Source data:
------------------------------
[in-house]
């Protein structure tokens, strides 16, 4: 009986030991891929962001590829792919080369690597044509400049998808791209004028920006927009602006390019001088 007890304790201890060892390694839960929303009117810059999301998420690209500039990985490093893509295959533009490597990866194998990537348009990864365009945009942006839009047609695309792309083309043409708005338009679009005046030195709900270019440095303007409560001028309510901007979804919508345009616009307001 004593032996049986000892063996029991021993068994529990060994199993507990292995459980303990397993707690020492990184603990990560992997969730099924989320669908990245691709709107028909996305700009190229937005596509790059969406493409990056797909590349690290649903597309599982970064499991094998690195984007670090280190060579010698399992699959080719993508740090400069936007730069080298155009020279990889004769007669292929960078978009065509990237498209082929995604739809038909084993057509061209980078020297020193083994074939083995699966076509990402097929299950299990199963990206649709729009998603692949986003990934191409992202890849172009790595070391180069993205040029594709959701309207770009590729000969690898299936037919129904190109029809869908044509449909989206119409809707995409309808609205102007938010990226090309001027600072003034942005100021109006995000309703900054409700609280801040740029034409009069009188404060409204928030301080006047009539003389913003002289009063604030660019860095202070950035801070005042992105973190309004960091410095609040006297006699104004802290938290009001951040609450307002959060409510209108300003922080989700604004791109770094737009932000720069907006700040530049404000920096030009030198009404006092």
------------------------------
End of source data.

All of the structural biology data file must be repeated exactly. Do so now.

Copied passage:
[in-house]
């Protein structure tokens, strides 16, 4: 009986030991891929962001590829792919080369690597044509400049998808791209004028920006927009602006390019001088 007890304790201890060892390694839960929303009117810059999301998420690209500039990985490093893509295959533009490597990866194998990537348009990864365009945009942006839009047609695309792309083309043409708005338009679009005046030195709900270019440095303007409560001028309510901007979804919508345009616009307001 004593032996049986000892063996029991021993068994529990060994199993507990292995459980303990397993707690020492990184603990990560992997969730099924989320669908990245691709709107028909996305700009190229937005596509790059969406493409990056797909590349690290649903597309599982970064499991094998690195984007670090280190060579010698399992699959080719993508740090400069936007730069080298155009020279990889004769007669292929960078978009065509990237498209082929995604739809038909084993057509061209980078020297020193083994074939083995699966076509990402097929299950299990199963990206649709729009998603692949986003990934191409992202890849172009790595070391180069993205040029594709959701309207770009590729000969690898299936037919129904190109029809869908044509449909989206119409809707995409309808609205102007938010990226090309001027600072003034942005100021109006995000309703900054409700609280801040740029034409009069009188404060409204928030301080006047009539003389913003002289009063604030660019860095202070950035801070005042992105973190309004960091410095609040006297006699104004802290938290009001951040609450307002959060409510209108300003922080989700604004791109770094737009932000720069907006700040530049404000920096030009030198009404006092």